Zevin, Gabrielle. Tomorrow and Tomorrow and Tomorrow. Penguin Random House, New York, 2022. F; 10/22.
This story is a real find and so is the author. Thanks, Johanna, for lighting the way. Zevin is a Harvard English graduate and this book is the latest of her five novels and five stories for young readers. It’s captivating as great writing, a complex and widely metaphoric plot, and full of joyful human insights. Couldn’t put it down.
This in spite of the setting being entirely video games, something I have zero familiarity with and less interest in. If they are half as significant as these characters make them sound I’m sure I’m missing something wonderful (but it will take more than this novel to get me on an Xbox diving down virtual rabbit holes). Although the author is a player she’s fully literary and there’s a seamless metaphoric connection between games and creative artistic activity including fiction, and life.
We meet Sam as a poor brilliant Korean-American middle school kid whose foot is injured in a car accident that kills his mother and who spends long post-surgical stretches in pain in a hospital. There he meets Sadie, a rich Jewish girl visiting her sister, and the two become friends as both lose themselves – and Sam’s pain improves – in the joy of sharing their growing intelligence and video game play.
Sadie in the excitement of her early joyful and intellectual friendship with Sam enrols in a program where she gets credit for helping the boy, and Sam is hurt and the relationship crashes when he finds out and feels patronized. Sadie’s grandmother tells her “Mine Sadie. This life is filled with inescapable moral compromises. We should do what we can to avoid the easy ones.” Reading that I guessed I was in wonderful hands, suspended disbelief and pushed the “buy” button on my Kindle.
Years later Sam goes to Harvard and Sadie to MIT. They meet by chance in the Boston subway and contemplate a Christmas holiday ad stereogram which Sam can’t picture, but Sadie gives him a game she has created for an MIT course, he plays, and the relationship resumes.
These two struggle as brilliant successful but flawed tragic characters through the creation of hugely popular video games, business wealth and conflict. There were mildly tedious short stretches but along with charismatic wealthy Marx, a university friend of Sam (PLOT ALERT) and love interest of Sadie who is killed by a politically-motivated young terrorist (END PLOT ALERT), the trio keep developing new projects as their lives entangle with increasing complexity and excitement.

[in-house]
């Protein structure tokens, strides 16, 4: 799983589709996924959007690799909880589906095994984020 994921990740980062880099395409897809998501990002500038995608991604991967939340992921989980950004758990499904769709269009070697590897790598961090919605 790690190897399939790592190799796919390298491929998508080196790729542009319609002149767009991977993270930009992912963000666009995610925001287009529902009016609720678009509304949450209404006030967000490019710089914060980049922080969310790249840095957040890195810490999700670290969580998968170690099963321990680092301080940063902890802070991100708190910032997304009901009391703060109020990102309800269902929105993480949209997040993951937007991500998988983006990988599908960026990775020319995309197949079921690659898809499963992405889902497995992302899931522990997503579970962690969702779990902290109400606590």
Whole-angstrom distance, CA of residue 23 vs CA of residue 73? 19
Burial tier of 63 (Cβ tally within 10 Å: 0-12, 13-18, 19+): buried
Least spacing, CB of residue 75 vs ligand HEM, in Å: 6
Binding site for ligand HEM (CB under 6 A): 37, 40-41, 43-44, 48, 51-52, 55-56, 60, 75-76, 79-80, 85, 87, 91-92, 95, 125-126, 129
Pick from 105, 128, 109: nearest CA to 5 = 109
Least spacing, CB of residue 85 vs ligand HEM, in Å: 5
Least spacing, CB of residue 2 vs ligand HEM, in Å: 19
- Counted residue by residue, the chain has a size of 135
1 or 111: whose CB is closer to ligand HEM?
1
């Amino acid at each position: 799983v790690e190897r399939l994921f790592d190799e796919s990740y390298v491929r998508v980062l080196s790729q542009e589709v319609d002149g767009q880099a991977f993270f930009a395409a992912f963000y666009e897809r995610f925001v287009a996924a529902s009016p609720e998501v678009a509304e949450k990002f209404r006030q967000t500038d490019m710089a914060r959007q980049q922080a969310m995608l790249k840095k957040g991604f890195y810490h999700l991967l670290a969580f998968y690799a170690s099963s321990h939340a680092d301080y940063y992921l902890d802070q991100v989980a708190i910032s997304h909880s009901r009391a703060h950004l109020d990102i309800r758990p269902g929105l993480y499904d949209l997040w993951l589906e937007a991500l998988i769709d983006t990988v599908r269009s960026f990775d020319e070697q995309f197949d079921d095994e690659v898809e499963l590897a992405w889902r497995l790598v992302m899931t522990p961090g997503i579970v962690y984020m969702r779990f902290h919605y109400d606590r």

We sense Zevin’s Harvard English in a wonderful over- and underlay of literary reference, but the central ones are there for anyone who’s been to school. The epigraph is from an Emily Dickinson poem where she says ambiguously of love “It is enough, the freight should be/Proportioned to the groove.” The title of course is the start of Macbeth’s soliloquy of despair that ends “… (life) is a tale / Told by an idiot, full of sound and fury / Signifying nothing.” Accessible emotionally-loaded choices.
I love Zevin’s wisdom at dozens of unexpected moments. Let me illustrate with a few quotes:
“Promise me you’ll always forgive me, and I promise I’ll always forgive you.” These, of course, are the kinds of vows young people feel comfortable making when they have no idea what life has in store for them.
“The ambulance is out there right now. They’re taking her to the hospital.” “Will she be okay?” Sam said. “I think so,” Anna said. It wasn’t exactly a lie. She would be okay. Dead was okay.
It is the same world, she thought, but I am different. Or is it a different world, but I am the same? For a moment, she felt dangerously untethered from her body and from reality, and she had to sit down to feel the ground beneath her, before she could continue …
… coming-of-age, reality and illusion, art and games, impact of inner epiphany, all in three sentences.
We are all living, at most, half of a life, she thought. There was the life that you lived, which consisted of the choices you made. And then, there was the other life, the one that was the things you hadn’t chosen.
… she had been a dervish of selfishness, resentment, and insecurity? Sadie had willed herself to be great: art doesn’t typically get made by happy people.
An online critic commented on the downside of encountering this sort of an achievement: the next few books are bound to be a relative disappointment. This one is fairly long so I was happy that at least I didn’t have to continually set it aside to keep it from ending.
This could wind up in my all-time top ten. Don’t miss it. 9.7/9.5